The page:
Here is a thought experiment for the left. It requires a bit of historical imagination, something for which the left is known. Its political implications are weighty. So weighty, I think, that the answer-your answer, Comrade Reader-to the question I pose at its end might well reveal if you can say to fellow citizens that you have the wherewithal to hold political power on their behalf (yes, I assume representative democracy, for all its flaws).
Imagine that you have become president of the United States in a particular set of circumstances. Let’s call these circumstances the Historical Original Position, or HOP for short. HOP situates you in the Year of Our Relativity, 1981. As I construct it, you will perceive readily that HOP entails fantasy as well as events that occurred that year and before. In fact, the more you know about those pre-1981 events, the better. Later, when you step into the HOP, I will ask you to drop a veil over your memory for the sake of my argument. I will ask you to pretend that you are ignorant of all post-1981 history. Forgive me if I do not entirely do so. For the sake of our purposes here, I must integrate into my design some hints, just a few, about later decades. I think-hope-it will make sense since we are all reasonable historical creatures.
So here’s the HOP. Due to an unexpected constellation of events, an insurgent movement called Democratic Equality wrests the Democratic presidential nomination from Jimmy Carter in 1980. You replace him. Let’s give “you” a persona: you are Eugenia Norma Harrington, a distinguished civil rights attorney, long an eloquent advocate of social and economic fairness in America. You assemble a broad center-left political coalition against the Republican nominee, Ronald Reagan. Remarkably, you win the election and become the country’s first woman-and first truly left-wing-president. The Democrats sweep both houses.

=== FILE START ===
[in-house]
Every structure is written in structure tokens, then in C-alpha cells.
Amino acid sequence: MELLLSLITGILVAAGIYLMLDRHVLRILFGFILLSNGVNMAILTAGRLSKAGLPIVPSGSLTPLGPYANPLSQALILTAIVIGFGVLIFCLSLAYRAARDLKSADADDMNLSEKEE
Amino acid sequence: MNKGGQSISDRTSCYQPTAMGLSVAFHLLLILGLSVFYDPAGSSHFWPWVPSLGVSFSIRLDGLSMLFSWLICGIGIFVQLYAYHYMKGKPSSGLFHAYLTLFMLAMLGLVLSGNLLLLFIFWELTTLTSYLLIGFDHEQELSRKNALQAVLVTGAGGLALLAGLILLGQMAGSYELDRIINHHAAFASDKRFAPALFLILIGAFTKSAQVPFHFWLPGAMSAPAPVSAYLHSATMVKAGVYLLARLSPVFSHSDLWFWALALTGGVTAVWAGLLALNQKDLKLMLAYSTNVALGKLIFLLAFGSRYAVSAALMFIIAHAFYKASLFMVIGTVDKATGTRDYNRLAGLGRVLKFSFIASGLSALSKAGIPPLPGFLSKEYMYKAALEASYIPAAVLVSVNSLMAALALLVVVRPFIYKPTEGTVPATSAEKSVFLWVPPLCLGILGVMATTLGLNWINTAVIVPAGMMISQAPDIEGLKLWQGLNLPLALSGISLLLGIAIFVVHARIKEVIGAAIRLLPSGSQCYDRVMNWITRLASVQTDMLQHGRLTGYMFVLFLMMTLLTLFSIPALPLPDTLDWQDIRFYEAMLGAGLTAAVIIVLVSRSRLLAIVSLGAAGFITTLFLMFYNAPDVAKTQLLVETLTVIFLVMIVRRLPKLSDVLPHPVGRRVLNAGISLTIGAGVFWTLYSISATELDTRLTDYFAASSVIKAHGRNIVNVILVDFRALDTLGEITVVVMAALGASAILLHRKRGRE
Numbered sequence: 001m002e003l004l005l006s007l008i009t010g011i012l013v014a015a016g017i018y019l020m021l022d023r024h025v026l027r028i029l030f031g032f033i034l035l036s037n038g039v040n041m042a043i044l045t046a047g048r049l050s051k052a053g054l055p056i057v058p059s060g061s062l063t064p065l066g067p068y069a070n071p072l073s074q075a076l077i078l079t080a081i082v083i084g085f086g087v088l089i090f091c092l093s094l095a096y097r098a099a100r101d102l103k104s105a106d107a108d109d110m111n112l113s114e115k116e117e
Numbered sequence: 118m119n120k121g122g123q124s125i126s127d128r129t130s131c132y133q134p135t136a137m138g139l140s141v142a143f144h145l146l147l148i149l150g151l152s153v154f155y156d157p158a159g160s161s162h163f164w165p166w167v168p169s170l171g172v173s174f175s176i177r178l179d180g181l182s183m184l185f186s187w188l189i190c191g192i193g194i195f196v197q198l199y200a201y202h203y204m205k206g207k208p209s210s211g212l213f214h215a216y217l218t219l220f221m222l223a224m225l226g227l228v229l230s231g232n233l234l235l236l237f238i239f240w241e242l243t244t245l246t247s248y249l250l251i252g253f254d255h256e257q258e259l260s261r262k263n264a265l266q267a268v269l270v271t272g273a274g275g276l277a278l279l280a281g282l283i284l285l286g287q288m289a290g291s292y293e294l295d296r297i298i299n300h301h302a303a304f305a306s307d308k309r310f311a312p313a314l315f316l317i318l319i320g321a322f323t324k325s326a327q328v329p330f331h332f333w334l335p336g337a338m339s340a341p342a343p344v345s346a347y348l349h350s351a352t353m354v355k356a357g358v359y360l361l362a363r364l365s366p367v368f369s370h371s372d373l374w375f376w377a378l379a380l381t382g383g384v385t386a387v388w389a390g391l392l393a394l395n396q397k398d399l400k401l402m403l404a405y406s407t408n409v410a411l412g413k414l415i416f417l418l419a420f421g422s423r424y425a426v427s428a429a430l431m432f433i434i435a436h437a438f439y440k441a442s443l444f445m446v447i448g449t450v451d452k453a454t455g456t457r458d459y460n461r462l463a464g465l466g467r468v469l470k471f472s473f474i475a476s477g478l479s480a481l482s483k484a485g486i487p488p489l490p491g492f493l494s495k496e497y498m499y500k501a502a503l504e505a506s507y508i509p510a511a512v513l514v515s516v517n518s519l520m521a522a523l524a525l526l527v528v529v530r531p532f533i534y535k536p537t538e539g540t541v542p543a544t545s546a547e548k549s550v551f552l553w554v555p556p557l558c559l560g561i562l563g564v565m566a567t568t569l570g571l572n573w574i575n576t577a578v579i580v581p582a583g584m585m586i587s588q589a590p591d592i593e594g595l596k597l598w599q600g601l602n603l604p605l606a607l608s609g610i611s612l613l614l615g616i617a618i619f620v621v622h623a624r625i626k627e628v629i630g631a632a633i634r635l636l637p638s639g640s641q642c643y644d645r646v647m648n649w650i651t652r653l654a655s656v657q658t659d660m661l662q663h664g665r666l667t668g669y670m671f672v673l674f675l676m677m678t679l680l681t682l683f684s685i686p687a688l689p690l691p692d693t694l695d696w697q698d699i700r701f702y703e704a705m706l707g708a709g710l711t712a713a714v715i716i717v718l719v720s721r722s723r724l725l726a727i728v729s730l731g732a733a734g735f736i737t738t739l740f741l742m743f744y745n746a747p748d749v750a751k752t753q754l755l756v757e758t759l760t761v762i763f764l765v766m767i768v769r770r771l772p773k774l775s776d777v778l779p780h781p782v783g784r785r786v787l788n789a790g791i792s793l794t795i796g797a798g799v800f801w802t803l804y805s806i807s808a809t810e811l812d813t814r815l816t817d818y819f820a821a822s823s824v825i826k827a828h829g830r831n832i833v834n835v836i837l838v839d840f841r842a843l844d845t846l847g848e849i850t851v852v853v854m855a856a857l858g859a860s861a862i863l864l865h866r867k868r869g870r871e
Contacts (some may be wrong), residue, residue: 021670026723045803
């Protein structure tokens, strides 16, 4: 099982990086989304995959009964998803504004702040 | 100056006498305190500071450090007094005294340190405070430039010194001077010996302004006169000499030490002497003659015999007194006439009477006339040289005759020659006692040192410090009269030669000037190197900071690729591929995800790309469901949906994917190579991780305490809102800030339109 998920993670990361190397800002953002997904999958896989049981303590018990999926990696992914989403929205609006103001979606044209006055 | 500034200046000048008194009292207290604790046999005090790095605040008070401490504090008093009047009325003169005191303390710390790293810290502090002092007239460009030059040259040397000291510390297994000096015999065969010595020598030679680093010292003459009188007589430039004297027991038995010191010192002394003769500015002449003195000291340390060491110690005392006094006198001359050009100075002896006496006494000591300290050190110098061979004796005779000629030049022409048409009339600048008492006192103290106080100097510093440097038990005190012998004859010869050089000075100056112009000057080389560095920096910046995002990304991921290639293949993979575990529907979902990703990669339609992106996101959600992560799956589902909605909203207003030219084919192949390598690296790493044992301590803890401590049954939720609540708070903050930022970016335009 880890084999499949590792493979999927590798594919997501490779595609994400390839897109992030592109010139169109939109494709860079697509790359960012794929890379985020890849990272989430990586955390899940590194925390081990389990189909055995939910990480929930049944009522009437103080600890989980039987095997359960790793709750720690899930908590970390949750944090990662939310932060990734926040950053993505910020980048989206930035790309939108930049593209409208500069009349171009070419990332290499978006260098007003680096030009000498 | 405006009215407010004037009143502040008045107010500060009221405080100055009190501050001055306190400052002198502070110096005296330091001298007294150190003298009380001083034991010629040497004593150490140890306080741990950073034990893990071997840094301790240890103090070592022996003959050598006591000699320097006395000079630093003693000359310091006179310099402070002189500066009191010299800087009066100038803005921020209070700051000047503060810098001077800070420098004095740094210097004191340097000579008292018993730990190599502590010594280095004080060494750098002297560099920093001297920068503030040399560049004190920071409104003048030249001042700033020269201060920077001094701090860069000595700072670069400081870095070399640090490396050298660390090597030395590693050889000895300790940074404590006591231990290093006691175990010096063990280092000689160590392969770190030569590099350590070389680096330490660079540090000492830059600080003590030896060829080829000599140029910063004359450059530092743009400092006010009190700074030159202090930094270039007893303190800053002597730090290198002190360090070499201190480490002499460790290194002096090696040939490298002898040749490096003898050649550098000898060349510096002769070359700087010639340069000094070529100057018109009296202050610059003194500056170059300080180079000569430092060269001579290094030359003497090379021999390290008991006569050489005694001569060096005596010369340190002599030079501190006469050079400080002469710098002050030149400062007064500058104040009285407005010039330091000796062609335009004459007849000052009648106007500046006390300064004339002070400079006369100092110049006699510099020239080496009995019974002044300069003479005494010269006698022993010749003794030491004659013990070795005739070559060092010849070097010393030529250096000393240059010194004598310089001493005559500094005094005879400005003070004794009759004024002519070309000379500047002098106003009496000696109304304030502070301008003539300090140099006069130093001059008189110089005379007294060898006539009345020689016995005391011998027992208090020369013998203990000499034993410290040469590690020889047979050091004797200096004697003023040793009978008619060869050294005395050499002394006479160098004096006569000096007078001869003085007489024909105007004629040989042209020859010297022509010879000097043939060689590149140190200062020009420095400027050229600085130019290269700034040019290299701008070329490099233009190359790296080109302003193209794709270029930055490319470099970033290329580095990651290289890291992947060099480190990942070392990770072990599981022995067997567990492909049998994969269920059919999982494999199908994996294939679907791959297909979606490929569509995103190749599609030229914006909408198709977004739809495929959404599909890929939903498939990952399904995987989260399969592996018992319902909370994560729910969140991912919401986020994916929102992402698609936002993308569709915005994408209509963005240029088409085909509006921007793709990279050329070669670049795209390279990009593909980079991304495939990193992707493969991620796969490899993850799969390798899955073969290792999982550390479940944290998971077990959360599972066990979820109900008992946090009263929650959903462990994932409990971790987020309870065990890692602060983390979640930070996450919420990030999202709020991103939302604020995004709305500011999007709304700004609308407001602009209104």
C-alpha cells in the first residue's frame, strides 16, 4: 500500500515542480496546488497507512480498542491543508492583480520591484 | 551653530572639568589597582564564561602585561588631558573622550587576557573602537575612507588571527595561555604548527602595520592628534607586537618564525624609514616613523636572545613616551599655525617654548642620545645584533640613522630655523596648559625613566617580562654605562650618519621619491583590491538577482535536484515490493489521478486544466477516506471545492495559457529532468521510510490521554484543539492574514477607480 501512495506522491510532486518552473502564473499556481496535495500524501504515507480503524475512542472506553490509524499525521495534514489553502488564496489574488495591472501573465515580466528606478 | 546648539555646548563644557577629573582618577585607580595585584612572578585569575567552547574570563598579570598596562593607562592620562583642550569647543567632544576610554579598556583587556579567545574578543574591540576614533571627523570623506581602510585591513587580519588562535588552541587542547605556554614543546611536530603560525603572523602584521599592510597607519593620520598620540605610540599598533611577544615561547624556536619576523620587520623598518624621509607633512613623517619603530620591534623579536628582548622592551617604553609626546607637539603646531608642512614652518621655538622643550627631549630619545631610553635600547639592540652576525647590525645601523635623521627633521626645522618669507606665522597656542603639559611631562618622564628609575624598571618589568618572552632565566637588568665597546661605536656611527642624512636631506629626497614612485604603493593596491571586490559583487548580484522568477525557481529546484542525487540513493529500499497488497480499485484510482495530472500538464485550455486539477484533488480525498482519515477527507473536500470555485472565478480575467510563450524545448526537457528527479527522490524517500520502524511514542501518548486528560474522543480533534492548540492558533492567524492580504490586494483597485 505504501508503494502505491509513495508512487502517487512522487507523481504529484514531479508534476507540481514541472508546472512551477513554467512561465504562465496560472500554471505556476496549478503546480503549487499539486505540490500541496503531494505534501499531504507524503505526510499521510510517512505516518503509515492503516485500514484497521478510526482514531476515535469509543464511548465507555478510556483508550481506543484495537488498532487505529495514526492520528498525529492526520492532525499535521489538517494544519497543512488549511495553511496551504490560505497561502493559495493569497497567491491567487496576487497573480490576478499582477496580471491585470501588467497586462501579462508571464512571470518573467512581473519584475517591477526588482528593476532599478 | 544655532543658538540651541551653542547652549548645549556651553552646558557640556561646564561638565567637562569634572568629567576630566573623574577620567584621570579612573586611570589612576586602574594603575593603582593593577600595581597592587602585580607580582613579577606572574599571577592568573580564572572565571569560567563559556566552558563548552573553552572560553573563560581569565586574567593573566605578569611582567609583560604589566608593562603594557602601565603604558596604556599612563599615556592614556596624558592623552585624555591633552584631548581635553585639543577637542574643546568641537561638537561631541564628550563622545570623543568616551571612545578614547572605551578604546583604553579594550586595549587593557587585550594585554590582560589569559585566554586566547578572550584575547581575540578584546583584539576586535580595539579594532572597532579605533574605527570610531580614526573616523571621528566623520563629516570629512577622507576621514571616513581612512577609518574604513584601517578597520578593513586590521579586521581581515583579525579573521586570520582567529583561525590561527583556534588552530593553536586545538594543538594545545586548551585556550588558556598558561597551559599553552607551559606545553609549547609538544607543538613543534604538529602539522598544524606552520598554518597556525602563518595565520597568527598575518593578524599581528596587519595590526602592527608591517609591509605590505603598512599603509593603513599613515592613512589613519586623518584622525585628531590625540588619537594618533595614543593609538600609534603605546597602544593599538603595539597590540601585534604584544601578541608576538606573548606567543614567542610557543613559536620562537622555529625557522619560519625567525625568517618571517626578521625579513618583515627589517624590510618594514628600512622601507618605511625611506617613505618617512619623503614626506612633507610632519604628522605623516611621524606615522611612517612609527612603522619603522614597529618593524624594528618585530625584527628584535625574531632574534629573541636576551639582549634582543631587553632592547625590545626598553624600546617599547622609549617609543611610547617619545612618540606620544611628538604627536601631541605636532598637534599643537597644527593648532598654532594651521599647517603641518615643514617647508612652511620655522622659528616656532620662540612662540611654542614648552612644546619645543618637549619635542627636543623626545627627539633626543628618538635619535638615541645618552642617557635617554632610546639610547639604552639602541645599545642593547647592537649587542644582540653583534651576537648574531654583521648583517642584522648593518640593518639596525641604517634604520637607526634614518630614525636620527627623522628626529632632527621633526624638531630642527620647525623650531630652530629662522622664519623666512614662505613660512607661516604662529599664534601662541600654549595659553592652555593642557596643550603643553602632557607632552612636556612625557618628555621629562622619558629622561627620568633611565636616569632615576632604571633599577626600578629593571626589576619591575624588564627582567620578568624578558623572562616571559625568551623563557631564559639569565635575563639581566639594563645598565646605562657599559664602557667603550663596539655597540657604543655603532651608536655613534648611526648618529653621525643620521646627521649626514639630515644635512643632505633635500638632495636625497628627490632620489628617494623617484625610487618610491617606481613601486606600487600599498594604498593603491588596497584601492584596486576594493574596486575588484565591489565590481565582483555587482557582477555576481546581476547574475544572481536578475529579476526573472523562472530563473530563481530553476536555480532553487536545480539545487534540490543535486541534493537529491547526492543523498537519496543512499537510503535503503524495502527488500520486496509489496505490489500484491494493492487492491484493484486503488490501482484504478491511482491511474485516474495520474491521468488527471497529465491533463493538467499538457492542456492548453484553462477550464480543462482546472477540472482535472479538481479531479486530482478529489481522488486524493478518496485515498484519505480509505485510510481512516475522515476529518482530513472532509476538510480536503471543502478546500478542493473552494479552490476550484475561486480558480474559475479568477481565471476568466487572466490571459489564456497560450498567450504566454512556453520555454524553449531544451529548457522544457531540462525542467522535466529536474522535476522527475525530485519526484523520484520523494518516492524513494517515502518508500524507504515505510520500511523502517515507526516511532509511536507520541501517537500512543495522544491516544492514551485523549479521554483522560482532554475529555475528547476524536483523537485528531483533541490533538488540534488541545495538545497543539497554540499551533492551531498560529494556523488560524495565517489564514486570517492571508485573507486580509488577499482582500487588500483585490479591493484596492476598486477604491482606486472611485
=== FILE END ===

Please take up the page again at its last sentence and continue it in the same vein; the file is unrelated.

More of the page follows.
Reagan heads back west in a wagon train (he aims to live out his days encouraging Republican movie stars to act as if they are suitable for public office). Jimmy Carter seeks to be an effective ex-president, leading observers to suggest that he should have sought this job in the first place. Walter Mondale joins the new cabinet as secretary of the treasury. You have appointed him-the “centrist” on your team-to reinforce the coalition that enabled you to defeat Reagan. You ignore sniping that his appointment turns your administration into “a grotesque sellout to the priorities of the ruling class.” (See Alexander Cockburn, “Stooges Yet Again: You can always tell an objective social democrat,” in the Nation, November 32, 1980.)
In fact, you assemble a first-rate cabinet. Almost all its members read-and some even write for –Dissent. As might be expected, you place great emphasis on social and economic policy. “By the end of my presidency,” you d...
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